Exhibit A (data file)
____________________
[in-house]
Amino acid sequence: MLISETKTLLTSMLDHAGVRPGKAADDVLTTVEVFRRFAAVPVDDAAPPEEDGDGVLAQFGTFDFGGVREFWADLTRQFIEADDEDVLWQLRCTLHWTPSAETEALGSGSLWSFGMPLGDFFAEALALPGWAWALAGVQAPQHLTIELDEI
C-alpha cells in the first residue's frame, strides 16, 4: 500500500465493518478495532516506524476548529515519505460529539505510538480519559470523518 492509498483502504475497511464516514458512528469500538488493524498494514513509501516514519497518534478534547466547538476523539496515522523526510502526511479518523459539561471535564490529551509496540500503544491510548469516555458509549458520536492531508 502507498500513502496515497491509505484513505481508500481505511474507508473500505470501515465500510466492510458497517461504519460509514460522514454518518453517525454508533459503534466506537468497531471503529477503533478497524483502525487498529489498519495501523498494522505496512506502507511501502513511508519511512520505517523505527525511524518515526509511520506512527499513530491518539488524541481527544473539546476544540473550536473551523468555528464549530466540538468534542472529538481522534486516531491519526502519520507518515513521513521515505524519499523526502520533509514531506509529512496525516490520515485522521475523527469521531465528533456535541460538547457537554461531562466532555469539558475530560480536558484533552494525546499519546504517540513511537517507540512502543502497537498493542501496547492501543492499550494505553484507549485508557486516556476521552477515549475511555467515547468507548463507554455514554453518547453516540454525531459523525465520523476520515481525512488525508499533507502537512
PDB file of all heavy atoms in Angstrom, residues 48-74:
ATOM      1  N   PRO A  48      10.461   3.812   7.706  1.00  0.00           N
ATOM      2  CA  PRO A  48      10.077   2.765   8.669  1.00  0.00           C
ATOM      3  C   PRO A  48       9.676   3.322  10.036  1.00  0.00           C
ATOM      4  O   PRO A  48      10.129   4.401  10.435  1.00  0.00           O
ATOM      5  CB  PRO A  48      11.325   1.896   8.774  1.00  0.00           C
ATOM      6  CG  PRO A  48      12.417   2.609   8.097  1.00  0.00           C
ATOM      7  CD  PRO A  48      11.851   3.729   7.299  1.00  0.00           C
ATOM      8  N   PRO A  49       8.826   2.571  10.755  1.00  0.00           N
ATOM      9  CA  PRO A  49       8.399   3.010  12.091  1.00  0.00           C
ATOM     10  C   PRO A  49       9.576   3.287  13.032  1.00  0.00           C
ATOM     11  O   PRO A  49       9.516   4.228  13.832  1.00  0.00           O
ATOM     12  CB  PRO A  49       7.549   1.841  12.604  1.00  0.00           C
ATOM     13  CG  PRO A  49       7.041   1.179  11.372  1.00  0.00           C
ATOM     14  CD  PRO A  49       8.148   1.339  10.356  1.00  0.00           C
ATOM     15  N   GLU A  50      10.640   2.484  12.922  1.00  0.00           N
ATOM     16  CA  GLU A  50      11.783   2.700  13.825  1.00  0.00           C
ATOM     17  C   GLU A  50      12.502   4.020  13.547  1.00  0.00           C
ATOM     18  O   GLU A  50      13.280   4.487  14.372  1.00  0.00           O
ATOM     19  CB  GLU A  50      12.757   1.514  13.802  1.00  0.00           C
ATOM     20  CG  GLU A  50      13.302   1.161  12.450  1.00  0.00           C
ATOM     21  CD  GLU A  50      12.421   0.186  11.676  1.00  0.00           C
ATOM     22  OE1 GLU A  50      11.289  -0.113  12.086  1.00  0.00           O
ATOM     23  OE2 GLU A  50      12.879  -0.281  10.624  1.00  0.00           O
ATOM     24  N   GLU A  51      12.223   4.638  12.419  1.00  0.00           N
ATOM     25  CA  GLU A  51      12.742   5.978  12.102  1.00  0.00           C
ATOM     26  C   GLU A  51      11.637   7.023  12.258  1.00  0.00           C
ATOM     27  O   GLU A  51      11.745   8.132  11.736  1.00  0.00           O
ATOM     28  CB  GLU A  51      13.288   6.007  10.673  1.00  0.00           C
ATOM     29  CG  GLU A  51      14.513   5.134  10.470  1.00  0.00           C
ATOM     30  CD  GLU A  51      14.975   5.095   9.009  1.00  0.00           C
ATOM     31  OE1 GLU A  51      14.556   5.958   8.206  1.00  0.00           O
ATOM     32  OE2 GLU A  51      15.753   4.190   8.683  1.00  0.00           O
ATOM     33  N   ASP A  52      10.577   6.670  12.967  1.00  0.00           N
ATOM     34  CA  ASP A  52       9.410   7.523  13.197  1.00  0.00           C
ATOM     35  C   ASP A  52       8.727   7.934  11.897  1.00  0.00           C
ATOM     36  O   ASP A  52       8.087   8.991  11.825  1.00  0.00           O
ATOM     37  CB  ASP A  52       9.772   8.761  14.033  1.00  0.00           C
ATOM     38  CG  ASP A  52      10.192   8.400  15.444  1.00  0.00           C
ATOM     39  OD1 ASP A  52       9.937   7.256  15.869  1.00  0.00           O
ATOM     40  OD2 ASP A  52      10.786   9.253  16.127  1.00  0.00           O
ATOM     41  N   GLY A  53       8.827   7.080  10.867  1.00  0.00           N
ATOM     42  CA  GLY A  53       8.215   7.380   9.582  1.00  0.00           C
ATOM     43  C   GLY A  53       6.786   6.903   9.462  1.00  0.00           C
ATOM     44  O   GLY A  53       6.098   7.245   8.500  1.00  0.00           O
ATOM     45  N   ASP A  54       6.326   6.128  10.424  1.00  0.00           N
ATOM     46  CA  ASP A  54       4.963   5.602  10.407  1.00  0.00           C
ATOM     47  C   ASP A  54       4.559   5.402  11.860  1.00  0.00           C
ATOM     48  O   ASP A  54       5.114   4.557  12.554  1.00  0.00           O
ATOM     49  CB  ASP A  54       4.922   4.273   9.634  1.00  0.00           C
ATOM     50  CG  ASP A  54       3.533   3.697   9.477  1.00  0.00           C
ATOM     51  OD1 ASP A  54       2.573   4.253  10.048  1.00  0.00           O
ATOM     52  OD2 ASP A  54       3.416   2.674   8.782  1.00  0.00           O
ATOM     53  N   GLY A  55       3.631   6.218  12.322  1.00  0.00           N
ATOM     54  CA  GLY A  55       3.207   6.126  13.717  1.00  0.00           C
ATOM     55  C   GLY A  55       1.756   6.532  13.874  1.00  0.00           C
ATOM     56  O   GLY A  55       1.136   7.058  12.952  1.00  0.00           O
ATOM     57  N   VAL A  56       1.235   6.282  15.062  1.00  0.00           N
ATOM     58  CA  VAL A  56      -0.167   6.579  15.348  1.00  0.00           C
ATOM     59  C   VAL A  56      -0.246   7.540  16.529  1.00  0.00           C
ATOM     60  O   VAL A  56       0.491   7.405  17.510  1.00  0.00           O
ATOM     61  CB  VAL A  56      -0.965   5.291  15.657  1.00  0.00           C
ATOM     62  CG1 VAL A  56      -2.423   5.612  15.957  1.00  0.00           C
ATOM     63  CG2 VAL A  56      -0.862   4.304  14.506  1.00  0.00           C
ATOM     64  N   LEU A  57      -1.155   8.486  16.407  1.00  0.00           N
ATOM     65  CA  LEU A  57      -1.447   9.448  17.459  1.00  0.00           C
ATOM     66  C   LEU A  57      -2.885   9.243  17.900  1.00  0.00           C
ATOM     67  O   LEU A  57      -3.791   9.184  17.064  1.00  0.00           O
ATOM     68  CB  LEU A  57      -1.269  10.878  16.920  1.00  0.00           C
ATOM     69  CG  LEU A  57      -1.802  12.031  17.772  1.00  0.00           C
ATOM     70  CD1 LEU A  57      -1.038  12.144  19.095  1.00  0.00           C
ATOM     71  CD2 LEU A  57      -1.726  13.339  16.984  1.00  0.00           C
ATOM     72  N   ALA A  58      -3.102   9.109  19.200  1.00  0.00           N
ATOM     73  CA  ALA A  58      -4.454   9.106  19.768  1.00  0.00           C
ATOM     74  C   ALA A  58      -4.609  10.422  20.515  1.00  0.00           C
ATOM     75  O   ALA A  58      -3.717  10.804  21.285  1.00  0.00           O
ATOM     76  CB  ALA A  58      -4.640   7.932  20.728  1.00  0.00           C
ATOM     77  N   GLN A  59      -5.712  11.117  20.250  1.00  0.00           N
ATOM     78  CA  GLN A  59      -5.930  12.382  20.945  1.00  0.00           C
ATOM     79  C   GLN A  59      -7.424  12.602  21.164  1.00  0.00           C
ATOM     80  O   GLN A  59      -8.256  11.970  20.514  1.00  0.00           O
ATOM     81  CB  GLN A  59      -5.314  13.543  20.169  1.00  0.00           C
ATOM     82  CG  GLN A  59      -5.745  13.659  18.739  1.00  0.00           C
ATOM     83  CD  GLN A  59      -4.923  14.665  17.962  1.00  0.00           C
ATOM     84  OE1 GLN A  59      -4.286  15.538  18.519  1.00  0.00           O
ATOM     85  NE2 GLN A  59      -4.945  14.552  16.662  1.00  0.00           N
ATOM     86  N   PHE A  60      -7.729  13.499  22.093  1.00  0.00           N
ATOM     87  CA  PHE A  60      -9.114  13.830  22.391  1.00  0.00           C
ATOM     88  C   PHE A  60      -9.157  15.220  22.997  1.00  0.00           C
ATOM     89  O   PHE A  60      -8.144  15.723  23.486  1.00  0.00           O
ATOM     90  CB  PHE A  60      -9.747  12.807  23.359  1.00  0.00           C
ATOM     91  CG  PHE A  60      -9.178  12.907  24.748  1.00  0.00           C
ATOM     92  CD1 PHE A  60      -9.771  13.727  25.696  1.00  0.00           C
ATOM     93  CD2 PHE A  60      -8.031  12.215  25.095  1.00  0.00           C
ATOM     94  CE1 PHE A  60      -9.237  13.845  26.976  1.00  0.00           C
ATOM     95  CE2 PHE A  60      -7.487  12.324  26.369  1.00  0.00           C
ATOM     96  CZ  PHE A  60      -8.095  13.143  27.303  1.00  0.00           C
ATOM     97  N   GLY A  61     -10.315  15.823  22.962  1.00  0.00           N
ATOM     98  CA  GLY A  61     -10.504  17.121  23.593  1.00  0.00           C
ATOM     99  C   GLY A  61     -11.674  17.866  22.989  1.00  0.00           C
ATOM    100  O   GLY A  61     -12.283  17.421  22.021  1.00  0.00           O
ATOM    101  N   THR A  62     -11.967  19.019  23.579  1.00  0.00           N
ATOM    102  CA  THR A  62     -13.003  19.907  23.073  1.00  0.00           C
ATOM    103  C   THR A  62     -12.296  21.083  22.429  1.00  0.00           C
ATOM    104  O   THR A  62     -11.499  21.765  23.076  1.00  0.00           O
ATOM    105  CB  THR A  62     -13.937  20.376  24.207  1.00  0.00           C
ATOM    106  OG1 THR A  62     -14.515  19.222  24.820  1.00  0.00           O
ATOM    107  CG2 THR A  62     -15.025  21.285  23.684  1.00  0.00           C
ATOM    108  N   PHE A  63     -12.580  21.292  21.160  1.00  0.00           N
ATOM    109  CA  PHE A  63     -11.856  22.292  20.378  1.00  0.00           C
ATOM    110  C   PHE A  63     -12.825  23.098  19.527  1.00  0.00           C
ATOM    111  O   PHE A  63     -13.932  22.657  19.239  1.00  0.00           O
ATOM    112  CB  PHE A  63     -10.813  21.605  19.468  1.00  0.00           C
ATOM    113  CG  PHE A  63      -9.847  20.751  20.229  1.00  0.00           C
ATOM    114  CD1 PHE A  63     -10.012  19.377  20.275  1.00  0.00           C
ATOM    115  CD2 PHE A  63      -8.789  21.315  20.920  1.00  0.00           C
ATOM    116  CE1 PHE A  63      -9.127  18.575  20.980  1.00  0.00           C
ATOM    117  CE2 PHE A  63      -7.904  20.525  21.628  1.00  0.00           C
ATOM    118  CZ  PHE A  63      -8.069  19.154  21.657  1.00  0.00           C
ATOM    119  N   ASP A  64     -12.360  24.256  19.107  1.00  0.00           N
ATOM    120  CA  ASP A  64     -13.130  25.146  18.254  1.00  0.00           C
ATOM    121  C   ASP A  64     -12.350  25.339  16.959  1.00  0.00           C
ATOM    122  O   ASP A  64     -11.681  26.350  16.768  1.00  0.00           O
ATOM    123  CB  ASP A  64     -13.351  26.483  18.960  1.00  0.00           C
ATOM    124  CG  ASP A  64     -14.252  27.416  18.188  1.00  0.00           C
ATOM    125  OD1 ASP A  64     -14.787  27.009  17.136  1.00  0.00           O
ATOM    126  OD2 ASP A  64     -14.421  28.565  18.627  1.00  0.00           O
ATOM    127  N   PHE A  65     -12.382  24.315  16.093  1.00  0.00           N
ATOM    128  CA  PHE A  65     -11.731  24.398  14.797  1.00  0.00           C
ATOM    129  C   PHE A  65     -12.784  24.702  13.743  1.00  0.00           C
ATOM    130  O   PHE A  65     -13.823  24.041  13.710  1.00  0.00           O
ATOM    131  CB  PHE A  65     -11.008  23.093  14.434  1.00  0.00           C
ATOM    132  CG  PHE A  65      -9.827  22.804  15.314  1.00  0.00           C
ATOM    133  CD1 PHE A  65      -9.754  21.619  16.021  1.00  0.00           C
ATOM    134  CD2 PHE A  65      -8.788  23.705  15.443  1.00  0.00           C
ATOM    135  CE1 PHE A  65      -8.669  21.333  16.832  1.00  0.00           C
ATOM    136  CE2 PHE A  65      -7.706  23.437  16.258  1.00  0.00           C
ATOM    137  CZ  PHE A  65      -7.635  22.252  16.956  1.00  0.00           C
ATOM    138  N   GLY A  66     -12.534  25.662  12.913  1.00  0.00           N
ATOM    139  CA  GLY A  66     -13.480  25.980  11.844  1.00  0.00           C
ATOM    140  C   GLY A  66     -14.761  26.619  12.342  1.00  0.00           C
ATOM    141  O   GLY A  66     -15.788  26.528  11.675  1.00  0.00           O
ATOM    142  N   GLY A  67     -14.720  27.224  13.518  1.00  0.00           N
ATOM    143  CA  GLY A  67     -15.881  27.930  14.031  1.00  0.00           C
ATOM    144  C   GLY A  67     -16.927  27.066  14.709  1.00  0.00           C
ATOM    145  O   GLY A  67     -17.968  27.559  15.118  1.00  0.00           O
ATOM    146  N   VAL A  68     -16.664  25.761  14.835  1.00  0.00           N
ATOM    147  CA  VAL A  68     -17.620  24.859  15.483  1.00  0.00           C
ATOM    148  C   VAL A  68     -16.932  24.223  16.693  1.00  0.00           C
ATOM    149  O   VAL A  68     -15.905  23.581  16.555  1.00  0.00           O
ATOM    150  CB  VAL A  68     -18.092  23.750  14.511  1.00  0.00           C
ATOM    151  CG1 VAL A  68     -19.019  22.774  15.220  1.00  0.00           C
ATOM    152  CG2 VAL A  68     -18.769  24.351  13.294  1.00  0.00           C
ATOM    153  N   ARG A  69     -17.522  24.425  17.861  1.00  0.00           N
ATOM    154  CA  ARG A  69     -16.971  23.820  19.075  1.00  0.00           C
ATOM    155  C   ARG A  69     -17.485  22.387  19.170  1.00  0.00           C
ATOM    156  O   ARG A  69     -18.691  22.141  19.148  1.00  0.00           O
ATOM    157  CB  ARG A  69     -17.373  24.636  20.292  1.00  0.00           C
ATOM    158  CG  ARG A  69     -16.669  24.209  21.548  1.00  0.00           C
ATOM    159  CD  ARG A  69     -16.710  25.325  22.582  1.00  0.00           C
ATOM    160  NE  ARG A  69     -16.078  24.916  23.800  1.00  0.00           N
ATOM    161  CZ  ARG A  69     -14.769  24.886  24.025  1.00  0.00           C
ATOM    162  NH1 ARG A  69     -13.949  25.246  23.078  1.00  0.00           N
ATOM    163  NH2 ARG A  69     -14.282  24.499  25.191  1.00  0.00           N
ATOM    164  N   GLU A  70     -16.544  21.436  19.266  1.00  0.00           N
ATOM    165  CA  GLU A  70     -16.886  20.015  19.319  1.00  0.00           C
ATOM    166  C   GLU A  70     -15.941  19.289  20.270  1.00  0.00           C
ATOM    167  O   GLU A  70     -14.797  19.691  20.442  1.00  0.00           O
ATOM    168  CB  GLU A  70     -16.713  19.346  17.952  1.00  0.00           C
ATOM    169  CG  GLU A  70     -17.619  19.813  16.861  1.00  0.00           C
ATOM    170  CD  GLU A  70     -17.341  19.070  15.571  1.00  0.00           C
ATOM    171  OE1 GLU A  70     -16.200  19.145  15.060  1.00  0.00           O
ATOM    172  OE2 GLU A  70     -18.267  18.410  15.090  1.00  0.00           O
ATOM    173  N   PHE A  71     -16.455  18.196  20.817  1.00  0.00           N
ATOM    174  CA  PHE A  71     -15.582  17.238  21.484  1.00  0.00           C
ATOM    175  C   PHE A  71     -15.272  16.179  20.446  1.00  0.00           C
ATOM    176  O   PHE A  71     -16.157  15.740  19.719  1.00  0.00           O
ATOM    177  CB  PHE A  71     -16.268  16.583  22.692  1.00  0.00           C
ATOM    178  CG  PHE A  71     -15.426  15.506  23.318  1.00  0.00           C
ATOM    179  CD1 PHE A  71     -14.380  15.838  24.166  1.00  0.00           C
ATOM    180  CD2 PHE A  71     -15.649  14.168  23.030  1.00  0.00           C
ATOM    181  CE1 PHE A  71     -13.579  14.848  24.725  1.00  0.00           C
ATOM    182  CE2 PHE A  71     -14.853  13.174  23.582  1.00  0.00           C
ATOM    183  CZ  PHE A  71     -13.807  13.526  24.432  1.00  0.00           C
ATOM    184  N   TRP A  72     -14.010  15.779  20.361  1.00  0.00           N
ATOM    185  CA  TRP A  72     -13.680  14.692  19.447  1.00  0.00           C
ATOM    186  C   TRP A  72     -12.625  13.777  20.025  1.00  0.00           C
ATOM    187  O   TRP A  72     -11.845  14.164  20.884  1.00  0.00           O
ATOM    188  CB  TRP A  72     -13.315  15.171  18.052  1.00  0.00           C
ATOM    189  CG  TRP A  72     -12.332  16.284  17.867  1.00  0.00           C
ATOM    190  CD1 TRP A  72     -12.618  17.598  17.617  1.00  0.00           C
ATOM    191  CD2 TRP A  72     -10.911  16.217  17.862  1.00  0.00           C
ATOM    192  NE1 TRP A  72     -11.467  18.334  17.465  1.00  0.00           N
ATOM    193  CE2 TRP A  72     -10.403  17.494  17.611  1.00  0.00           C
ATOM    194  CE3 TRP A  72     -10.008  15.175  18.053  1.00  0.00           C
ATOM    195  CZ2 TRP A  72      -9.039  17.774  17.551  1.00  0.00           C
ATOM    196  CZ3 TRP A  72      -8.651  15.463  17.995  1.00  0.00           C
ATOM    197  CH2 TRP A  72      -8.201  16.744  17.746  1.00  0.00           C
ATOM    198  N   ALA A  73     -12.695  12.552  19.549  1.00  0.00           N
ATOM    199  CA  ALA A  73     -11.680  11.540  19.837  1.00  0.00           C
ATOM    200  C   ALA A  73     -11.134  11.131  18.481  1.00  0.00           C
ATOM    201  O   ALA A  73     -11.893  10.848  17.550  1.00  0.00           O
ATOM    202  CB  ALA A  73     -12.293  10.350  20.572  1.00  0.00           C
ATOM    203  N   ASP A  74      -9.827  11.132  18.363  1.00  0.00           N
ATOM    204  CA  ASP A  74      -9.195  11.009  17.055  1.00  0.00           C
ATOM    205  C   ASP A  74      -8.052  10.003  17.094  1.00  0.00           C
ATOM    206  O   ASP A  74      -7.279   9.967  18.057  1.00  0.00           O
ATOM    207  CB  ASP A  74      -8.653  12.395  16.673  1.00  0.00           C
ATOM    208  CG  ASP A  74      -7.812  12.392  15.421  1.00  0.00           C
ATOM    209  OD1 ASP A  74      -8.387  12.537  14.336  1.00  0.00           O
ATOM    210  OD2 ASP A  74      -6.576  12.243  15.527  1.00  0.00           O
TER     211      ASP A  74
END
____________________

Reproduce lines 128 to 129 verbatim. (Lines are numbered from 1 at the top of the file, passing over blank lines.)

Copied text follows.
ATOM    124  CG  ASP A  64     -14.252  27.416  18.188  1.00  0.00           C
ATOM    125  OD1 ASP A  64     -14.787  27.009  17.136  1.00  0.00           O